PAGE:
Confessions #2

Joe’s Post # 51

After the post about writing sex scenes, I realized that I may have another problem. A bigger one. (Stop giggling!)

Maybe the challenge with writing sizzling sex scenes is connecting to the actual EMOTION of the scene. 

Oh, boy. Emotions… that’s ah, feelings, right? I think so. 

It’s not that I don’t feel things. If I cut my finger, it hurts and that’s a feeling, isn’t it? If it’s cold, I feel cold. See… feelings. I have them.

Manga_emotions-ENOk, I know there’s more. I certainly feel more. Guilt. Sorrow. Happiness. Anger. Hate. Love. Usually I have all those emotions on a drive into town. Or after a good taco. But I know if there’s one thing I need to work on when writing, it’s living inside the emotional being that is my character. 

Oddly enough, it seems that we don’t live our real lives by plot points (as much as I would love to.) So why should my characters? By knowing how they feel, what they hope for, what they fear, what they want and why it really, really matters to them, that character becomes someone we can identify with, someone with a bit of depth.

I know these things. But I just rewrote a scene that had a character starting a quest for her brother and sister who were lost in, well, let’s say, a river. Ok, that’s a good goal (being a guy, I LOVE goals.) My character wants something (and this makes me personally happy.)  But how can I make it better?

Emotions, baby, emotions. What if she feels guilty because she couldn’t hold on to them as they were swept away?  What if they had always counted on her to save them?What if she feels their loss? What if she hopes that they will be all right, but fears, oh god, she fears that they’ve died? Because of her. Because she was weak. 


But it’s tough to feel things for your characters and maybe that’s why I shy away from them. Maybe it’s because I’m a guy and we aren’t exactly the most evolved creatures when it comes to expressing our emotions or taking out the garbage.  Maybe it should surprise no one that this is an issue.

witBut let me tell you, feeling that fear, that loss, that joy, that betrayal, that emotion can be draining. It can even be painful. If I feel it strongly enough, I can even cry. Imagine what the writer would have gone through to write something like Wit.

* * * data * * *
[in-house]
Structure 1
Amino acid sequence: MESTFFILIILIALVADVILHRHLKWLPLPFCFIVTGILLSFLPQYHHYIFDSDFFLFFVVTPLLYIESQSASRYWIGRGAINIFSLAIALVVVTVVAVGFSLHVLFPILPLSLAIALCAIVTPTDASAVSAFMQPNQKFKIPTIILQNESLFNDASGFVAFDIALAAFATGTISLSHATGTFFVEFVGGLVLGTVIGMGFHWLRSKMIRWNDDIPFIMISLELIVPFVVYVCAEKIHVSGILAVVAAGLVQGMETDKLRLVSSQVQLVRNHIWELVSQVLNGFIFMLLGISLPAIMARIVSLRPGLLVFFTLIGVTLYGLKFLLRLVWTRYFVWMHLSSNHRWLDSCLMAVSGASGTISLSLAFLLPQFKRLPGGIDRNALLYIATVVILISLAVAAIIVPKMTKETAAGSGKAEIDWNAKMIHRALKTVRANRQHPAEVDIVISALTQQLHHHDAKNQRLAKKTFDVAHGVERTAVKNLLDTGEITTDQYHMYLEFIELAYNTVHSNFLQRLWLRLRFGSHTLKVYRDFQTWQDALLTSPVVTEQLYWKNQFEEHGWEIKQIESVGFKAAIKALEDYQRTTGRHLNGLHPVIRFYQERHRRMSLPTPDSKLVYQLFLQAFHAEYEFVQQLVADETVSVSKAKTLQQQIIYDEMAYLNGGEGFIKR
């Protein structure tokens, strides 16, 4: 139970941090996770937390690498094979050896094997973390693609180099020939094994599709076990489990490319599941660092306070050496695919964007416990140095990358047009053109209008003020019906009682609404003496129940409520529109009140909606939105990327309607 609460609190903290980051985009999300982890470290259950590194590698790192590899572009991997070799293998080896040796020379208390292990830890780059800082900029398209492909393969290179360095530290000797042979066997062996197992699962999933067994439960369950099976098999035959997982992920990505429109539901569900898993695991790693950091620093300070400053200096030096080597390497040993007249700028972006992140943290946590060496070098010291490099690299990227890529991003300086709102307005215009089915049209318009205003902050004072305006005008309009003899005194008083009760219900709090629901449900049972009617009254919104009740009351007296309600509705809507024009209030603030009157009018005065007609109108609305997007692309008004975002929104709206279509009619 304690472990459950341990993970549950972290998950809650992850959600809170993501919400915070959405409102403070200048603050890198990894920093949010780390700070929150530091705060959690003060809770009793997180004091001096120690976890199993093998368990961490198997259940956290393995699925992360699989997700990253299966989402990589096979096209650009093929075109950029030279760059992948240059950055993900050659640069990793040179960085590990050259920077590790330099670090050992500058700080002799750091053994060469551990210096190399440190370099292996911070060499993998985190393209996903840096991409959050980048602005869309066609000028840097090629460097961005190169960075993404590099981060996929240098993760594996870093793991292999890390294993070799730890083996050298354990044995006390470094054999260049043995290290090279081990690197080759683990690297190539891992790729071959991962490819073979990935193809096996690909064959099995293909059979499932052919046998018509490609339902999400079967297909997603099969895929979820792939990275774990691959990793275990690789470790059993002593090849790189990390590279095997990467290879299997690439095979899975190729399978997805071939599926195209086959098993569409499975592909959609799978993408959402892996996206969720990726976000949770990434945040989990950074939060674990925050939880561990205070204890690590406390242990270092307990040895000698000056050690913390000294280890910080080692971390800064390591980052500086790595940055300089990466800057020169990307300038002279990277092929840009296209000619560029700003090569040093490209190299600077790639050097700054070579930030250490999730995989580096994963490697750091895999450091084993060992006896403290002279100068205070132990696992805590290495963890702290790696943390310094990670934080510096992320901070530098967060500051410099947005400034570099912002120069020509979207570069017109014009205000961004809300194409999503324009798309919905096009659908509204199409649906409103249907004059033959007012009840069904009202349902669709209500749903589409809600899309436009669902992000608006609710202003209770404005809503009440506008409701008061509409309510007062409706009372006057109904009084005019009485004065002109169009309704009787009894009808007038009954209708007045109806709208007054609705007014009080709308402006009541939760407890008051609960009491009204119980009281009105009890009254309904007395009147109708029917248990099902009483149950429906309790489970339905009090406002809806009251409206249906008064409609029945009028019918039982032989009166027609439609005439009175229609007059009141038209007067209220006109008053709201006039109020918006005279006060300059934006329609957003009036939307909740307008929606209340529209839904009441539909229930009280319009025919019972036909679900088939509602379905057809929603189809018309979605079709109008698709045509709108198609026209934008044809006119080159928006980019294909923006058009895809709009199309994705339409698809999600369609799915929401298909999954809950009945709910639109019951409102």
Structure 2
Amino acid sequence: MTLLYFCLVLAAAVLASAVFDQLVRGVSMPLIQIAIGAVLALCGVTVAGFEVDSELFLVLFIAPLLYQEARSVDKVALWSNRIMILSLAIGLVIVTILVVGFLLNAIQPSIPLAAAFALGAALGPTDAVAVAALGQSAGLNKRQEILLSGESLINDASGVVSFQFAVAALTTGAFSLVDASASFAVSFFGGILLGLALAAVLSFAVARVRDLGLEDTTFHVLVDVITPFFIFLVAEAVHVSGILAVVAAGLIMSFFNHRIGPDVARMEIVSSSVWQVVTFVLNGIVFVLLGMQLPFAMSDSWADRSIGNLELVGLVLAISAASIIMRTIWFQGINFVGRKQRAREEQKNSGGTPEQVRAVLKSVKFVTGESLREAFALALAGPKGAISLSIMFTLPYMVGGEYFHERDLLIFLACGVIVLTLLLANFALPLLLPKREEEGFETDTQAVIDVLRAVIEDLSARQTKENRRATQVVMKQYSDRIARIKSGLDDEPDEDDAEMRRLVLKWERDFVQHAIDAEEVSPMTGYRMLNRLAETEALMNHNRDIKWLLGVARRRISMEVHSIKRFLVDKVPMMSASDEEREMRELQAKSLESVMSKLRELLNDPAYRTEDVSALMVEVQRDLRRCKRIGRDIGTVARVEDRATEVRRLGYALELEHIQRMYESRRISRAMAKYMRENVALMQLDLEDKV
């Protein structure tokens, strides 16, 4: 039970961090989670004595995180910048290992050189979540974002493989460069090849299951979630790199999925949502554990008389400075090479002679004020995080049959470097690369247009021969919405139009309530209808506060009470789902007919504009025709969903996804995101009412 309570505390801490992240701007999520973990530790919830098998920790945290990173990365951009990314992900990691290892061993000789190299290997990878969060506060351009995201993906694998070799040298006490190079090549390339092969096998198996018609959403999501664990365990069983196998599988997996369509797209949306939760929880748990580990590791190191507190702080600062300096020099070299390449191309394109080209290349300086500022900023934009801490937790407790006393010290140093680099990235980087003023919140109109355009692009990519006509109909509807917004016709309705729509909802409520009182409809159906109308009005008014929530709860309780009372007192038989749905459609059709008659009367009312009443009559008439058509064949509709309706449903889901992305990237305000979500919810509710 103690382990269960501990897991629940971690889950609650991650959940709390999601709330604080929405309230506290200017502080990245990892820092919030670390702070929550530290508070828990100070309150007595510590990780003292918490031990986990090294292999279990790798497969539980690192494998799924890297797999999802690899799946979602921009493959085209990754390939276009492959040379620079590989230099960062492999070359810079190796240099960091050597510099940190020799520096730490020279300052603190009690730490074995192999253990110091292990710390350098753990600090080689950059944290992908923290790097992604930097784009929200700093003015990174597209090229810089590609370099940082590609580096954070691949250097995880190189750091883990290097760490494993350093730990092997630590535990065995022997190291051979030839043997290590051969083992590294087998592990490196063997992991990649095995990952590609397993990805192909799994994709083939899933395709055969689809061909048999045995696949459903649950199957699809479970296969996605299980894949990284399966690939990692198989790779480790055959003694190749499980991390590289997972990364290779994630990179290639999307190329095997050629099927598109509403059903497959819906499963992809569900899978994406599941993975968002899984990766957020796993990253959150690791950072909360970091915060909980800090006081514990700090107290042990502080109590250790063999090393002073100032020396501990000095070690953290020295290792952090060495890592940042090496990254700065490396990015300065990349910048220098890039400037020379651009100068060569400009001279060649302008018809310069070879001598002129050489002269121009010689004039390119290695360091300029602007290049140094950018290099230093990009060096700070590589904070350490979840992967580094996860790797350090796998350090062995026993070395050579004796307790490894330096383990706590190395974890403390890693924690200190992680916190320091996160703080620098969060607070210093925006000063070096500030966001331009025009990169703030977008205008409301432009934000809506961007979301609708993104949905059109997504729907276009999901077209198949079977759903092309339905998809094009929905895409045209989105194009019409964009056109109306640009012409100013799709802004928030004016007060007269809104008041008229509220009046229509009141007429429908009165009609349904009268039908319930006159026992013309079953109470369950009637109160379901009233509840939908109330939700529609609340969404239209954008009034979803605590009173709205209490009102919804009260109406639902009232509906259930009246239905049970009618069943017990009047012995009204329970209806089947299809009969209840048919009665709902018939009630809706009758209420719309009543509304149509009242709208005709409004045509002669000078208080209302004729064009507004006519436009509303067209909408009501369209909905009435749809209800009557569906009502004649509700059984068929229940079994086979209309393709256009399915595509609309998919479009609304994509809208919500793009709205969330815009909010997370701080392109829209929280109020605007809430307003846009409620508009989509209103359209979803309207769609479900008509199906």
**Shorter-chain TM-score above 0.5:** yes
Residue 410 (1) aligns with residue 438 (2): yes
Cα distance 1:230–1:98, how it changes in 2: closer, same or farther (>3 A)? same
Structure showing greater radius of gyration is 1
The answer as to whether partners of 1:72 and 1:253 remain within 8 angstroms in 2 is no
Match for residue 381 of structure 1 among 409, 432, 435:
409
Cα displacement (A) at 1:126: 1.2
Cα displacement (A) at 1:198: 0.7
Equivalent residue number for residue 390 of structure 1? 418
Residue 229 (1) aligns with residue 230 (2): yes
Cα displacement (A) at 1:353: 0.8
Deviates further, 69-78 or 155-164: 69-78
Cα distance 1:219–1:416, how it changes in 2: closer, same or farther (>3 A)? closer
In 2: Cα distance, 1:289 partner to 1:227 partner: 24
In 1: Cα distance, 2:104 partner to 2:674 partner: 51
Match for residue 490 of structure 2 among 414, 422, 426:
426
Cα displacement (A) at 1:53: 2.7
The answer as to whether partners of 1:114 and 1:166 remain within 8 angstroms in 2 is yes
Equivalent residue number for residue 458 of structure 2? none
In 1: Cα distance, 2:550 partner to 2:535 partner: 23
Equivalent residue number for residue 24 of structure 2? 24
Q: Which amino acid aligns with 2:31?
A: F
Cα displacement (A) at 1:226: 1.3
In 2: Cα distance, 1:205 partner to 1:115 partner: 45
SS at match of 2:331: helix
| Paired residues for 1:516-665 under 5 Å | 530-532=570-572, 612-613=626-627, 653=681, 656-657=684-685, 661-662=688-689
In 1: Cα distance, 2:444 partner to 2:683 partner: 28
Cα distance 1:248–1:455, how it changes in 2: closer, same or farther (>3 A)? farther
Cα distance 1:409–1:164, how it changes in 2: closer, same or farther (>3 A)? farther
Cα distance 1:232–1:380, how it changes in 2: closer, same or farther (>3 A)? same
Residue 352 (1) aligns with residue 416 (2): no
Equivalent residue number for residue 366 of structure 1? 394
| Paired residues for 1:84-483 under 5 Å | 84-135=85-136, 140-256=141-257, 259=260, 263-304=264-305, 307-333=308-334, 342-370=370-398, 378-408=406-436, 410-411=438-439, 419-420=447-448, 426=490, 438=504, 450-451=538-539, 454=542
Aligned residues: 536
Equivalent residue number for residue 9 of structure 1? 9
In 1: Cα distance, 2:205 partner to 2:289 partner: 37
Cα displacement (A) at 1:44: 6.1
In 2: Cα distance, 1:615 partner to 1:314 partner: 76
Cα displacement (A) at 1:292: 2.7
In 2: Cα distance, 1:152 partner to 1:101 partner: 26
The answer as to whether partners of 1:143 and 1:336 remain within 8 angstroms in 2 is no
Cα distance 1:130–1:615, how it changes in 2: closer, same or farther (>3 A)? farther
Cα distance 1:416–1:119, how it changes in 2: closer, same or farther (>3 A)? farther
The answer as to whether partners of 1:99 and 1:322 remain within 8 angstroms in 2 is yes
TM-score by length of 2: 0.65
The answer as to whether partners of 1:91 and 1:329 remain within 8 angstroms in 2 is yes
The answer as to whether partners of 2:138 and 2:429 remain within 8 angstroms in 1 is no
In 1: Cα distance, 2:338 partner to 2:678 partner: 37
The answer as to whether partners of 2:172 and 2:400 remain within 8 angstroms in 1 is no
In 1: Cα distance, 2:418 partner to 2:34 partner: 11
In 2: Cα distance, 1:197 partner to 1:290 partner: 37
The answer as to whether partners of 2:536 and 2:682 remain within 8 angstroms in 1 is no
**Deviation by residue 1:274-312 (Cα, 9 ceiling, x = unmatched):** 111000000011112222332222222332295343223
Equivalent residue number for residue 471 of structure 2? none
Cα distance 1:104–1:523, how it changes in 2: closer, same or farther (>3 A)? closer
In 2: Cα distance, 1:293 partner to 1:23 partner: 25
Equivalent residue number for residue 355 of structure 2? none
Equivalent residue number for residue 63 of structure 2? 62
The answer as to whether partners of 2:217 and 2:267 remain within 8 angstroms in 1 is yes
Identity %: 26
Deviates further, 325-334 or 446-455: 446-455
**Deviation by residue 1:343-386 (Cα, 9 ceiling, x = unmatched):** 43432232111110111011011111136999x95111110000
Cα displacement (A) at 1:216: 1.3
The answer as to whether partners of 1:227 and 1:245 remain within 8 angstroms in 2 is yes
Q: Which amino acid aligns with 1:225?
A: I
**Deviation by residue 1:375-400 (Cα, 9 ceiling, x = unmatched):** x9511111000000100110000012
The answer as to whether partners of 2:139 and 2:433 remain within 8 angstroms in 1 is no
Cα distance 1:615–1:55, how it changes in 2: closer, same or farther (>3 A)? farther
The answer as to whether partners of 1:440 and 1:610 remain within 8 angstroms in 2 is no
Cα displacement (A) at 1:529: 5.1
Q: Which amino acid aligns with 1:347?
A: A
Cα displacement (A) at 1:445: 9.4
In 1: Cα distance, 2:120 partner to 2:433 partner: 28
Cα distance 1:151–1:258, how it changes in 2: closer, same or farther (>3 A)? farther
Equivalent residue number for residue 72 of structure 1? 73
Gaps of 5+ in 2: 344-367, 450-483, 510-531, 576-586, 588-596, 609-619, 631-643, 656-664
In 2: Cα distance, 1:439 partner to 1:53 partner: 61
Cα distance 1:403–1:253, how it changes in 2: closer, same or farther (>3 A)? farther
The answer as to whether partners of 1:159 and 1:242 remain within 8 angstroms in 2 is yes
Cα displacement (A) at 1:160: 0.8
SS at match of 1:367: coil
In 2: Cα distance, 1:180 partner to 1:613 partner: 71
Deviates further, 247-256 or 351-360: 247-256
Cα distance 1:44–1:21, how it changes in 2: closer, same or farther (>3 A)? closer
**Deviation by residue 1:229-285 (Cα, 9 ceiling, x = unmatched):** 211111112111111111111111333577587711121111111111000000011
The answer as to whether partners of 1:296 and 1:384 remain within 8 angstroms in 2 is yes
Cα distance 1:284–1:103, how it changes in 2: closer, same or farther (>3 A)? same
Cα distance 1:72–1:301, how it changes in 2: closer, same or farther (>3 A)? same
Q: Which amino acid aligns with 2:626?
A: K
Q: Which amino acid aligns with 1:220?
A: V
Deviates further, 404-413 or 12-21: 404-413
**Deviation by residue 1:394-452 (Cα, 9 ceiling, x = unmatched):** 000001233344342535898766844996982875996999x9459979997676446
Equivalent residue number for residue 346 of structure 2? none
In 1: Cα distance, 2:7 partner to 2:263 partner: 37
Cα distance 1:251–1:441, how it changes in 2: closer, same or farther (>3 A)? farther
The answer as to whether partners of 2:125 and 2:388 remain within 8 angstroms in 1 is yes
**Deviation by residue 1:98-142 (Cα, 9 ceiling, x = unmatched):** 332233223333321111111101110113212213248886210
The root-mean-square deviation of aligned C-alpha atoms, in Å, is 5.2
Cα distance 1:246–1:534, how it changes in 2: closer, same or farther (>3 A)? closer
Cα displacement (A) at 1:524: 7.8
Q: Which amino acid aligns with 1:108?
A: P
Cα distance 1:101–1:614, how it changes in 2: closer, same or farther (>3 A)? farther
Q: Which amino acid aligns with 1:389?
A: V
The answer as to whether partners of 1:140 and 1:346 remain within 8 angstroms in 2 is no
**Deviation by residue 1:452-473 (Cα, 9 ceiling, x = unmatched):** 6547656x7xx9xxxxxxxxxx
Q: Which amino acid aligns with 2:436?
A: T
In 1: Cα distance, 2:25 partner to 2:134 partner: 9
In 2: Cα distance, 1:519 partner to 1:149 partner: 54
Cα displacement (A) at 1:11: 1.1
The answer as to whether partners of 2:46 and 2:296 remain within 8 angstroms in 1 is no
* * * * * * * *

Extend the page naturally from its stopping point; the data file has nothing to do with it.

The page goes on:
But through that pain, something great can be born. Something that really connects with a reader.

And that’s the real point here. Emotion in writing makes the reader feel something. I’ve always been super happy to see someone laugh at my writing, (wait, no that came out wrong… when I see someone laugh at something I wrote!) 

But here’s my dirty little secret –  I love seeing someone cry when they read something I wrote. Then, I know that I’ve connected with them on a deep level. I know I’ve made them feel something powerful.

Sometimes I just forget this. Or avoid it.




4 thoughts on “Confessions #2

  1. Yes, I agree that standing in the shoes of someone you have created isn’t an easy or automatic thing to do. It is like shape shifting and as I reflect on my own writing process, I’ll even go so far as to say there is something Sci Fi about the whole thing. My mind just went to the Star Trek episodes that I love to watch and never tire of. Writing fiction is like bending everyday reality and I think that is part of its appeal for me. And in order for me to access the emotional aspect of my characters’ lives – acting skills are required for that. Improvisation, anyone?

  2. Reblogged this on coyotesmuse and commented:
    Joe at 5 Writers 5 Novels 5 Months has written another humorous and honest post about writing characters with emotional authenticity (my paraphrase). Thanks Joe, for your reflection and for motivating me in developing my own characters!

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